Climate Action Reserve (CAR)6


10 G Street, NE, Washington, DC 20002


p 202-729-7600


f 202-729-7610




November 2009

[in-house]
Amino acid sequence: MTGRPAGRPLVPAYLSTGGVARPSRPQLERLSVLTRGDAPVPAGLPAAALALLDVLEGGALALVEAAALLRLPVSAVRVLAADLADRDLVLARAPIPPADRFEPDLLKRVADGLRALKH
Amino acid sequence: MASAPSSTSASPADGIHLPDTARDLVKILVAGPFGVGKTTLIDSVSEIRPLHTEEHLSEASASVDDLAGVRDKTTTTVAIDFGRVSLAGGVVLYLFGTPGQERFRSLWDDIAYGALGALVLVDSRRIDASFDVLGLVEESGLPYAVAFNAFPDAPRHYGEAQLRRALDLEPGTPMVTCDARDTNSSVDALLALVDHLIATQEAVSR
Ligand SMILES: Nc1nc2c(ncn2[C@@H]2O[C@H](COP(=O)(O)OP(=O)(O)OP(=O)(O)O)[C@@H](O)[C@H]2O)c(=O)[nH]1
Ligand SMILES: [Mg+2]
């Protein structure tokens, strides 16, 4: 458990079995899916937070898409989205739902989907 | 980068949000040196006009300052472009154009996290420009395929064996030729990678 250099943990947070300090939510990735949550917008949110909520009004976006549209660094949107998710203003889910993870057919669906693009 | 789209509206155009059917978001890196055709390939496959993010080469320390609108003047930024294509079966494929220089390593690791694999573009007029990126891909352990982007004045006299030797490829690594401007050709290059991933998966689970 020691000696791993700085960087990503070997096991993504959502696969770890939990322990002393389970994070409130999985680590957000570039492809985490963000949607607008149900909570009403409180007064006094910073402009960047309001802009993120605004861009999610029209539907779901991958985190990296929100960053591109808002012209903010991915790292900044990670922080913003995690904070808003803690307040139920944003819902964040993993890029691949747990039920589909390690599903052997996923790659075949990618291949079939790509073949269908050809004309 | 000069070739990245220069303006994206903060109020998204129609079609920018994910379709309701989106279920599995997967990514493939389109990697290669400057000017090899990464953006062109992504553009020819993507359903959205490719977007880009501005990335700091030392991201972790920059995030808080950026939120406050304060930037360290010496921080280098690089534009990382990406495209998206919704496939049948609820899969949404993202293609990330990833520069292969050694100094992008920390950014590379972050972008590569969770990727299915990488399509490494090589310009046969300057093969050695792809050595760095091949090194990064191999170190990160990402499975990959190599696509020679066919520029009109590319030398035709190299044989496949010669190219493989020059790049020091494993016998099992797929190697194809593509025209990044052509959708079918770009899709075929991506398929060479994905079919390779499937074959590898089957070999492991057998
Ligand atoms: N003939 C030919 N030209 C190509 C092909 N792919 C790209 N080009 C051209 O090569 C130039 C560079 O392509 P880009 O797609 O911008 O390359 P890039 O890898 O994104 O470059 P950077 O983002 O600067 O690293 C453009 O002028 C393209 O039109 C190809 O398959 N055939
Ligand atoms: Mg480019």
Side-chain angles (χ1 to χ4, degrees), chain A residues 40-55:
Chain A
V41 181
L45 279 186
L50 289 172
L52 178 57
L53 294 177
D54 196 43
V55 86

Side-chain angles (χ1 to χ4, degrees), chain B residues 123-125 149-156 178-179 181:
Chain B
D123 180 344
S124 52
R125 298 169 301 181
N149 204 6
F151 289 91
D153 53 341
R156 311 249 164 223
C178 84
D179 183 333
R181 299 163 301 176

However. in order for payments to have any measurable environmental impact. System if offsets are NOT additional Emission Reductions payments currently exist for a number of ecosystem services. if it were not additional). then it may be appropriate for the project to receive payments for ecosystem services to gen- HOW DOES ADDITIONALITY IMPACT OFFSET PROGRAMS? Offsets occur when someone is paid to develop a project that provides a desired ecosystem service in order to undo. When offsets are additional. and therefore compromise their environmental objectives. Stacking. or offset. NE. the environmental harm someone else is causing. 10 G Street. Without offsets. If the reductions are not additional.” If done improperly. Offset HOW CAN ADDITIONALITY BE ENSURED WHEN PAYMENTS ARE STACKED? Some projects require payment for more than one ecosystem service in order to be economically viable. if not for the payment. stacking provides a potentially powerful market force to improve the provision of ecosystem services. some types of projects may be commonplace because they save the developer money or generate considerable revenue even without a payment for ecosystem services. programs should be designed to encourage activities that would not occur otherwise. However. regulated.e. If the farmer receives both of these payments. or would be terminated. System if offsets are additional Uncapped Sectors GHG Emissions greenhouse gas benefits of the farmer’s actions and payments for the water quality benefits. including greenhouse gases and water quality. a project is not additional and should not be eligible for stacking if that project would have gone forward without the combined incentive that stacking multiple ecosystem payments provides. However. in which a farmer could simultaneously reduce emissions of greenhouse gases and nitrogen loading to streams by applying less fertilizer. and ecosystems such as wetlands (via wetlands mitigation banking programs). Likewise. With limited financial resources. A project should be ineligible for any particular ecosystem service payment if it would have gone forward without that payment (i. then the harm is not undone. A. does not come without risk.wri.” sectors must reduce emissions in order to achieve a defined greenhouse gas emissions goal (Figure 1a). if improved fertilizer application processes are widely adopted for cost-saving reasons in the absence of any payment for ecosystem services. Simply put. Non-Additional Offsets on Emissions Reduction Targets Cap Cap Cap C. If the reduction or sequestration of emissions is additional. most proposals provide additional flexibility to capped entities by allowing them to implement or pay for a project that reduces greenhouse gas emissions in uncapped sectors. if the payment was not additional). then the cap is effectively met and the emissions reduction goal of the cap-and-trade program is preserved (Figure 1b). it is both inefficient and environmentally detrimental to pay a project for two ecosystem services when only payment for one service is necessary to drive project development.GHG Emissions GHG Emissions WHEN IS STACKING BENEFICIAL AND WHEN IS IT DETRIMENTAL? Allowing stacking could help improve ecosystem management by expanding the focus of that management from a single ecosystem service to the broad range of services the ecosystem can provide. Providing payment to projects that are not additional is also economically inefficient. however. stacking could undermine the additionality of the policies and programs that the payments serve. then the cap is exceeded and the emissions reduction goal is compromised (Figure 1c). This is because the total value of each ecosystem service will always exceed our ability to compensate project developers for the full financial value of those services. the harm is effectively undone. or to prevent an environmental harm that would have occurred in the absence of the payment. or “capped.org | November 2009 2 . if those cost savings are insufficient to drive widespread adoption of more efficient fertilizer application. This requires the separation of projects that require stacking to be implemented from projects that do not require stacking to be implemented. To illustrate. Impacts of Additional vs.. Washington. Allowing these projects to stack their payments for ecosystem services could lead to increased environmental benefits that would not otherwise occur. if the project would have occurred without the offset payment (i. consider a situation. Therefore. compensation must be directed towards services that would not be provided. it is important to preserve the additionality of each payment. All payments for ecosystem services should fundamentally seek to obtain an environmental benefit that would not have otherwise occurred. For example. then the payments for ecosystem services are said to be stacked. System without offsets Capped Sectors B. As such. Most proposals to date for regulating greenhouse gas emissions in the United States involve the development of a cap-and-trade program that provides regulated entities (capped entities) flexibility in how they reduce emissions. As shown in Figure 2a. a capped power plant may be able to avoid implementing greenhouse gas emissions control technologies by paying a landholder to plant trees that sequester carbon. For example.e. DC 20002 | p 202-729-7600 | f 202-729-7610 | www. then such projects would not be considered additional. However.. depicted in Figure 2. FIGURE 1. This concept is commonly referred to as “additionality. in order to protect the environmental goals of the underlying payments for ecosystem services.